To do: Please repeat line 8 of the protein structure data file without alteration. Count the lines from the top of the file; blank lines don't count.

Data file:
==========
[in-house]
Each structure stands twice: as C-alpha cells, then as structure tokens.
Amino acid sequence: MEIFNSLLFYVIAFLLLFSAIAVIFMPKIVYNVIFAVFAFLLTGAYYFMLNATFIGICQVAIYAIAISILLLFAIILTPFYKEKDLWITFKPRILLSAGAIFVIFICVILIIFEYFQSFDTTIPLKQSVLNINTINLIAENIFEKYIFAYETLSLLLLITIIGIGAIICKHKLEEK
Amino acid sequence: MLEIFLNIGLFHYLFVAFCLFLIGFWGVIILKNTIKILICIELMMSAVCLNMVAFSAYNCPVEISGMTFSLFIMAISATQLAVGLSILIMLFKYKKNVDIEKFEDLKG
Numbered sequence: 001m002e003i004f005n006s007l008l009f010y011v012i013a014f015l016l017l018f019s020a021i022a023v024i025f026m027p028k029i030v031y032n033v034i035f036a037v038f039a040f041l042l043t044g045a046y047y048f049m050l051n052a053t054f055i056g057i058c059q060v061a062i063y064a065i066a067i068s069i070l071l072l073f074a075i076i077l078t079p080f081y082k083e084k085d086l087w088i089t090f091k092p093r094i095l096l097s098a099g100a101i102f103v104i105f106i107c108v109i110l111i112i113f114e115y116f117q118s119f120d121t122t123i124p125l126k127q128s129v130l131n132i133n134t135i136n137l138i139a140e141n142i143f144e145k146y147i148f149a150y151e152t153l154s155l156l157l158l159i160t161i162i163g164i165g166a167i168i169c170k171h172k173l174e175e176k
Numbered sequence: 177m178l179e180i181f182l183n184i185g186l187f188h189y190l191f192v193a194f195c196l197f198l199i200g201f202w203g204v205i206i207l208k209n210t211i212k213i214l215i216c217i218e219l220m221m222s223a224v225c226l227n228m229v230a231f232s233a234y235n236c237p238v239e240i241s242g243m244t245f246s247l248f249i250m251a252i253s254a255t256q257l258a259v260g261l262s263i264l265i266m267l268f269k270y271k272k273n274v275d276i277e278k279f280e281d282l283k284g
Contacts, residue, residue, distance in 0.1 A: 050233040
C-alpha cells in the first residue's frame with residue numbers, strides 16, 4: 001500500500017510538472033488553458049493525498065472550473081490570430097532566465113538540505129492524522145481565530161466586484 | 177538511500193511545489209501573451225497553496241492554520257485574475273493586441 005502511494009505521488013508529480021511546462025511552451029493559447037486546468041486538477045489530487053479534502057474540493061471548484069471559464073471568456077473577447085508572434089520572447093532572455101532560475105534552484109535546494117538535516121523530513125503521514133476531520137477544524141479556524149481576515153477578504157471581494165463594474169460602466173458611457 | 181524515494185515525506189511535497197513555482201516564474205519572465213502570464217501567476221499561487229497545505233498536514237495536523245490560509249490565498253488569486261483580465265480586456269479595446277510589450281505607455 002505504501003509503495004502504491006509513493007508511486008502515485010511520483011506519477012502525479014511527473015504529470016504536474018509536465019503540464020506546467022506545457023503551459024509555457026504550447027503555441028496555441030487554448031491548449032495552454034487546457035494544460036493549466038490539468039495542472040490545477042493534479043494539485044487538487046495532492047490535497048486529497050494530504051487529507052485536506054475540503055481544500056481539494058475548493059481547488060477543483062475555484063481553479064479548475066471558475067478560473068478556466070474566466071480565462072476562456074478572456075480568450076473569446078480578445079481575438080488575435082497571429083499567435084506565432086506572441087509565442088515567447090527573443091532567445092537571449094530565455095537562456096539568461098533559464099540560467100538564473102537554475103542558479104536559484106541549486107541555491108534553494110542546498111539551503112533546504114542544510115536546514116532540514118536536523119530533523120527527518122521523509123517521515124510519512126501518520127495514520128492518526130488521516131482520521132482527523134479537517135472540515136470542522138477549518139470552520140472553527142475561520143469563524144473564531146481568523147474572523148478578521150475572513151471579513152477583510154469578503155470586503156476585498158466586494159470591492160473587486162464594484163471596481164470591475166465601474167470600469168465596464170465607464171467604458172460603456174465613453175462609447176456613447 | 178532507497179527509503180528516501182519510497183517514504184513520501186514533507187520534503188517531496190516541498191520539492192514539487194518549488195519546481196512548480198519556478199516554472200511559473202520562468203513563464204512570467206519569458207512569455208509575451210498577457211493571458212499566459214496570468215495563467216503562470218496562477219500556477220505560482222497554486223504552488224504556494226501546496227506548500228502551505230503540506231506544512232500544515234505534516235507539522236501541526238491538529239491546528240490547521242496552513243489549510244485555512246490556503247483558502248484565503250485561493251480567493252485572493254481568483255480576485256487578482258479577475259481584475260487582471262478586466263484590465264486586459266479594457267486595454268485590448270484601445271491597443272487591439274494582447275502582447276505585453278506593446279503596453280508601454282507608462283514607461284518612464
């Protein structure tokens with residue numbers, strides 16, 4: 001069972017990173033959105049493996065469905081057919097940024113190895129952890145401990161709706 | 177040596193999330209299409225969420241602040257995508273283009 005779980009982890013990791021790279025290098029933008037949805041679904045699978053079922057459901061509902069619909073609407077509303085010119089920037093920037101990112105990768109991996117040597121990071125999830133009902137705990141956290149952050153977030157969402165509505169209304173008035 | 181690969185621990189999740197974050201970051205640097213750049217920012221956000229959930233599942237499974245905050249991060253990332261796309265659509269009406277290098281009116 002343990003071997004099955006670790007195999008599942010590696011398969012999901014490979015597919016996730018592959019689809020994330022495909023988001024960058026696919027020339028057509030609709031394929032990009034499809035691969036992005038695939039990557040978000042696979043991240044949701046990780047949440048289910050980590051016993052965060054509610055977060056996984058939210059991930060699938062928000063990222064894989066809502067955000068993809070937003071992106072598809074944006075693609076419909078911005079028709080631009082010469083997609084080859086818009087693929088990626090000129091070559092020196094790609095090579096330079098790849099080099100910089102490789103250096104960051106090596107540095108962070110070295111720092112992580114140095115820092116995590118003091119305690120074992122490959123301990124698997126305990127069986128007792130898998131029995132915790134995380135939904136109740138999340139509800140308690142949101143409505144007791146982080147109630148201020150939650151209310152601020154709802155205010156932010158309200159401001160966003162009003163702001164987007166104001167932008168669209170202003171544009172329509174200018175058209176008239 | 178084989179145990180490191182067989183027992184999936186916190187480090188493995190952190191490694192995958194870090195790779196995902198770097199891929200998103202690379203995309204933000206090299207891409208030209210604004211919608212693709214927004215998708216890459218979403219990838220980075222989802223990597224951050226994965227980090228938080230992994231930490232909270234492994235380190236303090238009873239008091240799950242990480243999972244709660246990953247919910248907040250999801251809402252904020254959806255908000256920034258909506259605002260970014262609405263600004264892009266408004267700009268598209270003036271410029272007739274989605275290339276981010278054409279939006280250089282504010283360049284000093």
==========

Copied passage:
C-alpha cells in the first residue's frame with residue numbers, strides 16, 4: 001500500500017510538472033488553458049493525498065472550473081490570430097532566465113538540505129492524522145481565530161466586484 | 177538511500193511545489209501573451225497553496241492554520257485574475273493586441 005502511494009505521488013508529480021511546462025511552451029493559447037486546468041486538477045489530487053479534502057474540493061471548484069471559464073471568456077473577447085508572434089520572447093532572455101532560475105534552484109535546494117538535516121523530513125503521514133476531520137477544524141479556524149481576515153477578504157471581494165463594474169460602466173458611457 | 181524515494185515525506189511535497197513555482201516564474205519572465213502570464217501567476221499561487229497545505233498536514237495536523245490560509249490565498253488569486261483580465265480586456269479595446277510589450281505607455 002505504501003509503495004502504491006509513493007508511486008502515485010511520483011506519477012502525479014511527473015504529470016504536474018509536465019503540464020506546467022506545457023503551459024509555457026504550447027503555441028496555441030487554448031491548449032495552454034487546457035494544460036493549466038490539468039495542472040490545477042493534479043494539485044487538487046495532492047490535497048486529497050494530504051487529507052485536506054475540503055481544500056481539494058475548493059481547488060477543483062475555484063481553479064479548475066471558475067478560473068478556466070474566466071480565462072476562456074478572456075480568450076473569446078480578445079481575438080488575435082497571429083499567435084506565432086506572441087509565442088515567447090527573443091532567445092537571449094530565455095537562456096539568461098533559464099540560467100538564473102537554475103542558479104536559484106541549486107541555491108534553494110542546498111539551503112533546504114542544510115536546514116532540514118536536523119530533523120527527518122521523509123517521515124510519512126501518520127495514520128492518526130488521516131482520521132482527523134479537517135472540515136470542522138477549518139470552520140472553527142475561520143469563524144473564531146481568523147474572523148478578521150475572513151471579513152477583510154469578503155470586503156476585498158466586494159470591492160473587486162464594484163471596481164470591475166465601474167470600469168465596464170465607464171467604458172460603456174465613453175462609447176456613447 | 178532507497179527509503180528516501182519510497183517514504184513520501186514533507187520534503188517531496190516541498191520539492192514539487194518549488195519546481196512548480198519556478199516554472200511559473202520562468203513563464204512570467206519569458207512569455208509575451210498577457211493571458212499566459214496570468215495563467216503562470218496562477219500556477220505560482222497554486223504552488224504556494226501546496227506548500228502551505230503540506231506544512232500544515234505534516235507539522236501541526238491538529239491546528240490547521242496552513243489549510244485555512246490556503247483558502248484565503250485561493251480567493252485572493254481568483255480576485256487578482258479577475259481584475260487582471262478586466263484590465264486586459266479594457267486595454268485590448270484601445271491597443272487591439274494582447275502582447276505585453278506593446279503596453280508601454282507608462283514607461284518612464